Economic development efforts in Africa have traditionally been the purview of foreign aid agencies, local and international NGOs and publicly-funded multilateral finance institutions. African governmental spending has also played a central role. Private-sector funded economic development, while existent, has been much less present and visible.

This situation, however, has been steadily changing over the past 15 years, and the growing Africa-focused private equity (PE) community has a unique opportunity to play its part in what is becoming a symbiotic development relationship. African economic growth has created opportunities for PE firms to create value and get returns, and, at the same time, PE is good for African economic development: it helps to create a robust and healthy business sector, which promotes job creation and political stability, and takes pressure off governments to be universal problem-solvers. At its core, African growth equity hires, while leveraged-buyout-style private equity in development markets fires. Read more

Chinese premier Xi Jinping’s visit to Africa this week will certainly cause an uptick in the hubbub in the China-Africa cottage industry in Washington and London. Over the past 15 years, China’s commercial relationship with African countries has expanded, grown and deepened, as China’s total trade with sub-Saharan Africa has grown from around $10bn to over $200bn.

Yet, suspicion and unsubstantiated myths are riddling the discussion of Chinese involvement in Africa among business leaders, politicians and policy influencers. Perhaps these tendencies are spillover from the Cold War; maybe there is an attractive simplicity to a rivalry of great powers in faraway places; or it could be that, despite intentions of removal, colonial paternalism in Africa is still buried in the forefront of western thought? Whatever the reasons may be, this week’s Summit of the Forum on China-Africa Cooperation (FOCAC) in Johannesburg – a gathering of African presidents and Chinese leadership that happens every three years – provides an excellent opportunity to rationalise the China-Africa discussion and dispel five common myths that are unfortunately becoming assumptions even at the highest levels of policy-making. Read more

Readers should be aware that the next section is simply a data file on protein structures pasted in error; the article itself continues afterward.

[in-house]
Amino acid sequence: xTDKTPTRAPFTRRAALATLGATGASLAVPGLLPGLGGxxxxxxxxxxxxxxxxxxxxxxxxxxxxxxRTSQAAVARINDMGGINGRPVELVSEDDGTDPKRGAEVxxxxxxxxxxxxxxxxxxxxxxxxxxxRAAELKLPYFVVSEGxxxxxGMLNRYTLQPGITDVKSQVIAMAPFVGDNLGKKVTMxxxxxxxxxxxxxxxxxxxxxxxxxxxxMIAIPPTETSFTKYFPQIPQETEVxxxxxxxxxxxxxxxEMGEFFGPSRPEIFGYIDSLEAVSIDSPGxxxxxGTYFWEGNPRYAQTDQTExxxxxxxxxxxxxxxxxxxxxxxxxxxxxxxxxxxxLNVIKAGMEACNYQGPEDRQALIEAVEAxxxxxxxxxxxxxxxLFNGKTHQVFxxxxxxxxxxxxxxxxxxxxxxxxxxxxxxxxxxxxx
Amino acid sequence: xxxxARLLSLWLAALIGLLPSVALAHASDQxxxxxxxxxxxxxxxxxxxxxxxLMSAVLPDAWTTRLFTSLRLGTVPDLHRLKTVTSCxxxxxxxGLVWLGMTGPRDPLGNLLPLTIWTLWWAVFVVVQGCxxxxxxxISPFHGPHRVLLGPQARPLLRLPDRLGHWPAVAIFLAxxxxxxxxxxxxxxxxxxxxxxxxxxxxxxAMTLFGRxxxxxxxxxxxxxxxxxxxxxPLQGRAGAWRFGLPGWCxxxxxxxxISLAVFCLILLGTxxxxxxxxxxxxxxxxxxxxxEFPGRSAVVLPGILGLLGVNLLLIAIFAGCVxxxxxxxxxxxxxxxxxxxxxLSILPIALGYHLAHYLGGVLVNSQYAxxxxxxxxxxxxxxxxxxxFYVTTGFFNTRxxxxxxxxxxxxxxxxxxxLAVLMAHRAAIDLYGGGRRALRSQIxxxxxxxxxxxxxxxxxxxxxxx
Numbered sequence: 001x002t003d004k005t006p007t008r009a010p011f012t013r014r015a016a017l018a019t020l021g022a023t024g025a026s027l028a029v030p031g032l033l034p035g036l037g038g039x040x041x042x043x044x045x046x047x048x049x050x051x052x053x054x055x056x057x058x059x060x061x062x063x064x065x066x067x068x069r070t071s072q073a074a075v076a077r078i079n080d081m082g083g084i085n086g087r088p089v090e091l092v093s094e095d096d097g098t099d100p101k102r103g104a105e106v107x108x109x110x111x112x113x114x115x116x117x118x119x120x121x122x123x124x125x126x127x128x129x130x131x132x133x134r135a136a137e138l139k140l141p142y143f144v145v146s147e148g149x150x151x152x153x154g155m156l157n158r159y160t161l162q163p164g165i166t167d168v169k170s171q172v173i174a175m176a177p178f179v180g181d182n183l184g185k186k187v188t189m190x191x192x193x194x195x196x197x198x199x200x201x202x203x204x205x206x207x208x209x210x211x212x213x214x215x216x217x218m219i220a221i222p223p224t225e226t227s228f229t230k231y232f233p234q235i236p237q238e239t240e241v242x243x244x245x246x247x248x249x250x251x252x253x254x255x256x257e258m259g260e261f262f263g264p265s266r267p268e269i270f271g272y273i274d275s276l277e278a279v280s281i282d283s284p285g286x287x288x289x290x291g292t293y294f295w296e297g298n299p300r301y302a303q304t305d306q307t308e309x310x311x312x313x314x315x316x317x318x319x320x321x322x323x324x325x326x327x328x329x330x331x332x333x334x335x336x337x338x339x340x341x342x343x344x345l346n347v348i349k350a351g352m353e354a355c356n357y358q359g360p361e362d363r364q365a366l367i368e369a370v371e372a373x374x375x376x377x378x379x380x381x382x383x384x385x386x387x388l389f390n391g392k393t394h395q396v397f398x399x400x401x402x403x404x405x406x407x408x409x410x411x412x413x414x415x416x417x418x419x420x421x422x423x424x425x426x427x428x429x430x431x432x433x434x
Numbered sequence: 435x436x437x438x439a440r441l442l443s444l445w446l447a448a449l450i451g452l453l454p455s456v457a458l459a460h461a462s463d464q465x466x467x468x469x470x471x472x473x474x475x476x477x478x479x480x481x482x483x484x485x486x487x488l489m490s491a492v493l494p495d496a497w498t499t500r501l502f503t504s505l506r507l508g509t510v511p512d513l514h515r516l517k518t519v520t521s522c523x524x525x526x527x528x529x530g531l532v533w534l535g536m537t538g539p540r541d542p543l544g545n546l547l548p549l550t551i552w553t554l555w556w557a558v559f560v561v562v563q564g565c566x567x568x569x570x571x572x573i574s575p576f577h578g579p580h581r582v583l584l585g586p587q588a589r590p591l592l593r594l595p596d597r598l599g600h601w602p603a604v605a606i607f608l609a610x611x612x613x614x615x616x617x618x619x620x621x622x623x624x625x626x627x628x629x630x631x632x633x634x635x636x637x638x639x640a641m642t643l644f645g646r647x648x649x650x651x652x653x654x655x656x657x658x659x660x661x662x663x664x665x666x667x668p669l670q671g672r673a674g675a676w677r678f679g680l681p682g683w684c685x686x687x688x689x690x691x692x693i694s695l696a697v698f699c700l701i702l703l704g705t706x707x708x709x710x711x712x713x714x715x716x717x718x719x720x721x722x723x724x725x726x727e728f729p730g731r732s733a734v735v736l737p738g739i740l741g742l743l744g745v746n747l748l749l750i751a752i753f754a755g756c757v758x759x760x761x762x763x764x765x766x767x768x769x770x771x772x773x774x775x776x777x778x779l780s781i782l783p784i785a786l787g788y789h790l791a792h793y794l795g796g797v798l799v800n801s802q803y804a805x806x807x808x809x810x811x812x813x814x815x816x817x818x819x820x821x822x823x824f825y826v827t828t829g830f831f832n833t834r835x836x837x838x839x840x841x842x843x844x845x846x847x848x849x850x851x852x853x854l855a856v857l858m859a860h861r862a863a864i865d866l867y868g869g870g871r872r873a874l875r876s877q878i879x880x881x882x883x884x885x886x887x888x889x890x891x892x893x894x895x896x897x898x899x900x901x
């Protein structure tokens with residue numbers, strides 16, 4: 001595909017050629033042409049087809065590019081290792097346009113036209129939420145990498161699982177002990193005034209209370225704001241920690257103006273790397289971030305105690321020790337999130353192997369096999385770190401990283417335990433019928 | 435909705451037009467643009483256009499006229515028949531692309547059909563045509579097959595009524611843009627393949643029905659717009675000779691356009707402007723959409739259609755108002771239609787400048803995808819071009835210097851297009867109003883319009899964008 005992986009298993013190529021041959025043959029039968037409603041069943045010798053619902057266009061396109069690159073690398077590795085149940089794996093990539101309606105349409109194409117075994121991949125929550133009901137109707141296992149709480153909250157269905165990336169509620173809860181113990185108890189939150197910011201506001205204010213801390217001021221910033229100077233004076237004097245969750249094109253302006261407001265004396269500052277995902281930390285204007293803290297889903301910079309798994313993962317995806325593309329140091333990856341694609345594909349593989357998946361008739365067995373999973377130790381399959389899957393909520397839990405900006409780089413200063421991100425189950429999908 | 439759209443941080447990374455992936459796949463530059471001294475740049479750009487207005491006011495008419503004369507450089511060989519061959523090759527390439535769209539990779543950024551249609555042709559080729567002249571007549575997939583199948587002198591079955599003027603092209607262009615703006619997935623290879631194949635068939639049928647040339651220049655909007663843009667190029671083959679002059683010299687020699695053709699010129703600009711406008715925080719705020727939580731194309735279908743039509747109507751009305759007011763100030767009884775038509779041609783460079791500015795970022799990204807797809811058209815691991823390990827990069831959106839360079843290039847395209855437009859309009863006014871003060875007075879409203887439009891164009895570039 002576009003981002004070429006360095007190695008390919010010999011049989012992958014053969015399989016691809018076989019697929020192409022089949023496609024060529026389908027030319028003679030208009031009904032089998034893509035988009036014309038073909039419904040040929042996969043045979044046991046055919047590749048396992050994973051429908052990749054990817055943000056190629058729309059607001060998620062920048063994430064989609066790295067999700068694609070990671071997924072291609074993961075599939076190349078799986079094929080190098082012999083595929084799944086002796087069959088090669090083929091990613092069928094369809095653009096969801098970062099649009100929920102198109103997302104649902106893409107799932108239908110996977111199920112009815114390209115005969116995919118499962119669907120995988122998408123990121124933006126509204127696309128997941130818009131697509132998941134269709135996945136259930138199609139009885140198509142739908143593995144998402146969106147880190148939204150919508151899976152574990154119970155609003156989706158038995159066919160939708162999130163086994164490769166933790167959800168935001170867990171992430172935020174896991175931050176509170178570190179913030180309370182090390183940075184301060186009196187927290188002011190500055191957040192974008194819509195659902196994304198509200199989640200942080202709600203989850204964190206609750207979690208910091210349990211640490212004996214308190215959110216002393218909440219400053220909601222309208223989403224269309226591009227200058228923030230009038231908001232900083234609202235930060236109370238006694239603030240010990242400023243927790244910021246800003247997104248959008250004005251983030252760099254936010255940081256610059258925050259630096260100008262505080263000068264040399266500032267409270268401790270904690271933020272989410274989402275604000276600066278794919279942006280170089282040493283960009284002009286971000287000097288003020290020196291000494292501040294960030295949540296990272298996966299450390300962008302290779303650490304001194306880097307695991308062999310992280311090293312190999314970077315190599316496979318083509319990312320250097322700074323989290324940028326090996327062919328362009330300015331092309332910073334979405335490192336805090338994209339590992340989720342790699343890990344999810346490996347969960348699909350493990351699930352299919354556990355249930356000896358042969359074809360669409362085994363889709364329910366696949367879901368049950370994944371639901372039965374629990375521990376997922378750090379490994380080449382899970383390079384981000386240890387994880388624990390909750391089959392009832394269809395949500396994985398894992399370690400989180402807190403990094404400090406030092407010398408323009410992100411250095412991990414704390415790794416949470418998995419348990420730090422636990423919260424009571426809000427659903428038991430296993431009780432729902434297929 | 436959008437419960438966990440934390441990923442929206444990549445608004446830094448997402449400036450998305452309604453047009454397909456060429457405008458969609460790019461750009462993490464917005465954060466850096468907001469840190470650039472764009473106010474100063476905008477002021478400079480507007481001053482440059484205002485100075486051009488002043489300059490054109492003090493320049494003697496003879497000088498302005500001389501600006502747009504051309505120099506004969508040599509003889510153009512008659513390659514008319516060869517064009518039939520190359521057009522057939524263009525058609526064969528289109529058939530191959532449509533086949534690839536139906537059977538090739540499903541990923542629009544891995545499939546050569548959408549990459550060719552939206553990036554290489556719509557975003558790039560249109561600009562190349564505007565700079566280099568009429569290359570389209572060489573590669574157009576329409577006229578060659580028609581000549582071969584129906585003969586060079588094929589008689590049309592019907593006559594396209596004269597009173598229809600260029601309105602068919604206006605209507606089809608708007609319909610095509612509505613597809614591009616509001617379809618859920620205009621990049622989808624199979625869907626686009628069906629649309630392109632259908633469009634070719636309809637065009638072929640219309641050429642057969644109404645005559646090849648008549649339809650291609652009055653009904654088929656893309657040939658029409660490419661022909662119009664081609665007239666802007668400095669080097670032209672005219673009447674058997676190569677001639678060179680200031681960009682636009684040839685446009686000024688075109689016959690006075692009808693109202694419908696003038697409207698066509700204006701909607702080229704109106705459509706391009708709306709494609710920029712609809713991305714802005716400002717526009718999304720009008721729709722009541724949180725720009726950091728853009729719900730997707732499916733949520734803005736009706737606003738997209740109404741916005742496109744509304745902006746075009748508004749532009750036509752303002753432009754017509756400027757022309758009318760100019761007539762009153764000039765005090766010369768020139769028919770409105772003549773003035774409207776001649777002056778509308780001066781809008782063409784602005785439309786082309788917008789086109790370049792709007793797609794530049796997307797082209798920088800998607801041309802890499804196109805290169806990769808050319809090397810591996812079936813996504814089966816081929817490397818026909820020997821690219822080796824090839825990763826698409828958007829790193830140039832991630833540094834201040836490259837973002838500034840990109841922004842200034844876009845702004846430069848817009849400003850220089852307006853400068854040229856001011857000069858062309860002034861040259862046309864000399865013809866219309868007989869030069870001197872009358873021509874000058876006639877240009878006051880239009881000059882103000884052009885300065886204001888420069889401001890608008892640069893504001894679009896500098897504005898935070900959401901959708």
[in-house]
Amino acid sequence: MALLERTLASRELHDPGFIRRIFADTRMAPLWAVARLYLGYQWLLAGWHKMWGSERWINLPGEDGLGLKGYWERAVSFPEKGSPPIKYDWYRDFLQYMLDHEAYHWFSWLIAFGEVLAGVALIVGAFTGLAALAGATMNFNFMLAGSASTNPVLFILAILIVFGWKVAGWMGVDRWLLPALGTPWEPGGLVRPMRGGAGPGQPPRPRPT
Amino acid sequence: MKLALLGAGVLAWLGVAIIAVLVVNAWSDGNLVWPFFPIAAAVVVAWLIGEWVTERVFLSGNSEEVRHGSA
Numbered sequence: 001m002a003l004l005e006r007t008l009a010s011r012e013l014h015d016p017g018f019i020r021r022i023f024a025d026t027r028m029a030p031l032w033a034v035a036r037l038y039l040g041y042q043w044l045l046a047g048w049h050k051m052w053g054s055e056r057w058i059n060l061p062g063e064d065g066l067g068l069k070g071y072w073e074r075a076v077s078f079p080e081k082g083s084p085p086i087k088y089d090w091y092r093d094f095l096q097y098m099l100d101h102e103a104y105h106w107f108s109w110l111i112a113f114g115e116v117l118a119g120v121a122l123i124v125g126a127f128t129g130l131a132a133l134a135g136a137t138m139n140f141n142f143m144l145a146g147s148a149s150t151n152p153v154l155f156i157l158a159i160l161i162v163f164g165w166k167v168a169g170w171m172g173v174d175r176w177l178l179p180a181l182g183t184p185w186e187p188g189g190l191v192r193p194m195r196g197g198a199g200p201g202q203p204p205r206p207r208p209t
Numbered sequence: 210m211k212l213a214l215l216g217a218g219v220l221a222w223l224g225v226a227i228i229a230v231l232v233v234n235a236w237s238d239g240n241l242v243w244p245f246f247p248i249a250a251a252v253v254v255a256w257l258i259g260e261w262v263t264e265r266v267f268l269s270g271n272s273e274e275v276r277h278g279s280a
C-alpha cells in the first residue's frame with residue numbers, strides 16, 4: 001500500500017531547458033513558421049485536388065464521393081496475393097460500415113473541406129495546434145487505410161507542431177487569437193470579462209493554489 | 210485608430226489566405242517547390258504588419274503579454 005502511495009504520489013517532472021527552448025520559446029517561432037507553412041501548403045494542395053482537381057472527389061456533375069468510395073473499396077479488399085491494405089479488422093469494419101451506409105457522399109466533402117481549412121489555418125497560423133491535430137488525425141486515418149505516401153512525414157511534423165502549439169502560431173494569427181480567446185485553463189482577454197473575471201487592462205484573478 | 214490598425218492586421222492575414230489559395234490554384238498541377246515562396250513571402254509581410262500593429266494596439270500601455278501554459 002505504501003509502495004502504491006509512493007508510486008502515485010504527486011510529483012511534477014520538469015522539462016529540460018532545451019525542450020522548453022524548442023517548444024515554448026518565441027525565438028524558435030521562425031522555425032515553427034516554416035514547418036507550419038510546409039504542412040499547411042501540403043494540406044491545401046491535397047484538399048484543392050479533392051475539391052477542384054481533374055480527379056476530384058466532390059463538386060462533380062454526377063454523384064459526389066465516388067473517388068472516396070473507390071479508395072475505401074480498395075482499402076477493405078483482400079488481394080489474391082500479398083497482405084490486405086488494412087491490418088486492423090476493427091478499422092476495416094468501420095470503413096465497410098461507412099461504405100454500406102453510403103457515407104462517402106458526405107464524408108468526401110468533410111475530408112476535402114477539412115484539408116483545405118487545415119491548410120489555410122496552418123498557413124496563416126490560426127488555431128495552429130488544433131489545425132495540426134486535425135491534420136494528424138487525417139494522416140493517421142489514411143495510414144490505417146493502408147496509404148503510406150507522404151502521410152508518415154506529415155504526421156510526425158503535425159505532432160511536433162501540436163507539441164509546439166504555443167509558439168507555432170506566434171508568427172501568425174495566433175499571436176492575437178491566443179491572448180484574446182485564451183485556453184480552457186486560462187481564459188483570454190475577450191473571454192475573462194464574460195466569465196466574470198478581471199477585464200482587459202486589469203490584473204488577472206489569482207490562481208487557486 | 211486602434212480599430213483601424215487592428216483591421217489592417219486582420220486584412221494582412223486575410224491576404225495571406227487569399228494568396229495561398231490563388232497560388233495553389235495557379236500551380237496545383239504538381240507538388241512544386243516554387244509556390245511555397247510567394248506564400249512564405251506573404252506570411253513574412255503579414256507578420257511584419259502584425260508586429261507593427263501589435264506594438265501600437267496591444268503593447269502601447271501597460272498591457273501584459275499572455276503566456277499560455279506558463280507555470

The steady economic growth that Africa has enjoyed over the past decade is now waning. Global commodity prices, particularly oil, have weakened and China, Africa’s largest individual bilateral trading partner, has slowed considerably as it rebalances itself away from investment and growth. According to the IMF, a 1 percentage point decrease in China’s investment growth is associated with an average 0.6 percentage point decrease in Africa’s export growth rate. The depth of the China-Africa trade relationship explains why this month, the World Bank, in its annual Africa’s Pulse report, downgraded Africa’s growth projections from 4.6 per cent in 2014 to 3.7 per cent in 2015 – the lowest growth the region will have seen since the ripples of the global economic crisis hit it in 2009. A new period of slow growth demands new and creative responses from African leaders.

While the commodity climate and China’s slowdown are certainly a challenge for African policymakers, they also present a unique opportunity. Relying on the beneficial economic climate that has fostered complacency with market inefficiencies is now no longer an option. Necessity will demand that African governments adapt to unfavourable global trends by squeezing greater productivity from the structures and systems that are already in place. East Africa is already quietly making strides in eliminating economic inefficiencies and the progress has much to teach the rest of the region. Read more